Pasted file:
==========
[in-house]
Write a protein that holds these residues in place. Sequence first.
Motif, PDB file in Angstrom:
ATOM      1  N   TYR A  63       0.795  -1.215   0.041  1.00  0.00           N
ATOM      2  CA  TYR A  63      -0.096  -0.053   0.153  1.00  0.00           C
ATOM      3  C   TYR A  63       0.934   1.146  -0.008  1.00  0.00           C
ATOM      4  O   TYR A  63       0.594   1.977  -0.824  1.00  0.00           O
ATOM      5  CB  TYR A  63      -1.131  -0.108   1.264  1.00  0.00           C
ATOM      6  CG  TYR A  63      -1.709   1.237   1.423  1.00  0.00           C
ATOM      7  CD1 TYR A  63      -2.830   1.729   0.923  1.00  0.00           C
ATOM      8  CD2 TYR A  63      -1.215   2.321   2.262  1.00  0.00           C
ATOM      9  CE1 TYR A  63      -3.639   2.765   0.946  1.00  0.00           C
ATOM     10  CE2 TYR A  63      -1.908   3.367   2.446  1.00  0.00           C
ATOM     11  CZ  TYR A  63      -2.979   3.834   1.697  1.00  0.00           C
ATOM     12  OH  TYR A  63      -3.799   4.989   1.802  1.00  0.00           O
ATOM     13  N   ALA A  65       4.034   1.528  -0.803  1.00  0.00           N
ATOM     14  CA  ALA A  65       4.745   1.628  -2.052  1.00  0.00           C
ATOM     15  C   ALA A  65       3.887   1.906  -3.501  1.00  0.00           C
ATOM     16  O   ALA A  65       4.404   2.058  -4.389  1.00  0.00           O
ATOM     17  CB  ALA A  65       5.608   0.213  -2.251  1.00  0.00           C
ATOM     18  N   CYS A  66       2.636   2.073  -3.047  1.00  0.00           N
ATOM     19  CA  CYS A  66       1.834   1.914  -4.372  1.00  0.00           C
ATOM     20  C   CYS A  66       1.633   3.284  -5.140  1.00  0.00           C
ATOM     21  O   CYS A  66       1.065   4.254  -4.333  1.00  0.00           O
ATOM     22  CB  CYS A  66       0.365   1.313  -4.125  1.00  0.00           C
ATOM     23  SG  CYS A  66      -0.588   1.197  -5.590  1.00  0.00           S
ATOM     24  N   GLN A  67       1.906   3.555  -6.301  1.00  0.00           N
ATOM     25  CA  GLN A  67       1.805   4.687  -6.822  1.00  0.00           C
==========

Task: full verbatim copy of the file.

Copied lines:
[in-house]
Write a protein that holds these residues in place. Sequence first.
Motif, PDB file in Angstrom:
ATOM      1  N   TYR A  63       0.795  -1.215   0.041  1.00  0.00           N
ATOM      2  CA  TYR A  63      -0.096  -0.053   0.153  1.00  0.00           C
ATOM      3  C   TYR A  63       0.934   1.146  -0.008  1.00  0.00           C
ATOM      4  O   TYR A  63       0.594   1.977  -0.824  1.00  0.00           O
ATOM      5  CB  TYR A  63      -1.131  -0.108   1.264  1.00  0.00           C
ATOM      6  CG  TYR A  63      -1.709   1.237   1.423  1.00  0.00           C
ATOM      7  CD1 TYR A  63      -2.830   1.729   0.923  1.00  0.00           C
ATOM      8  CD2 TYR A  63      -1.215   2.321   2.262  1.00  0.00           C
ATOM      9  CE1 TYR A  63      -3.639   2.765   0.946  1.00  0.00           C
ATOM     10  CE2 TYR A  63      -1.908   3.367   2.446  1.00  0.00           C
ATOM     11  CZ  TYR A  63      -2.979   3.834   1.697  1.00  0.00           C
ATOM     12  OH  TYR A  63      -3.799   4.989   1.802  1.00  0.00           O
ATOM     13  N   ALA A  65       4.034   1.528  -0.803  1.00  0.00           N
ATOM     14  CA  ALA A  65       4.745   1.628  -2.052  1.00  0.00           C
ATOM     15  C   ALA A  65       3.887   1.906  -3.501  1.00  0.00           C
ATOM     16  O   ALA A  65       4.404   2.058  -4.389  1.00  0.00           O
ATOM     17  CB  ALA A  65       5.608   0.213  -2.251  1.00  0.00           C
ATOM     18  N   CYS A  66       2.636   2.073  -3.047  1.00  0.00           N
ATOM     19  CA  CYS A  66       1.834   1.914  -4.372  1.00  0.00           C
ATOM     20  C   CYS A  66       1.633   3.284  -5.140  1.00  0.00           C
ATOM     21  O   CYS A  66       1.065   4.254  -4.333  1.00  0.00           O
ATOM     22  CB  CYS A  66       0.365   1.313  -4.125  1.00  0.00           C
ATOM     23  SG  CYS A  66      -0.588   1.197  -5.590  1.00  0.00           S
ATOM     24  N   GLN A  67       1.906   3.555  -6.301  1.00  0.00           N
ATOM     25  CA  GLN A  67       1.805   4.687  -6.822  1.00  0.00           C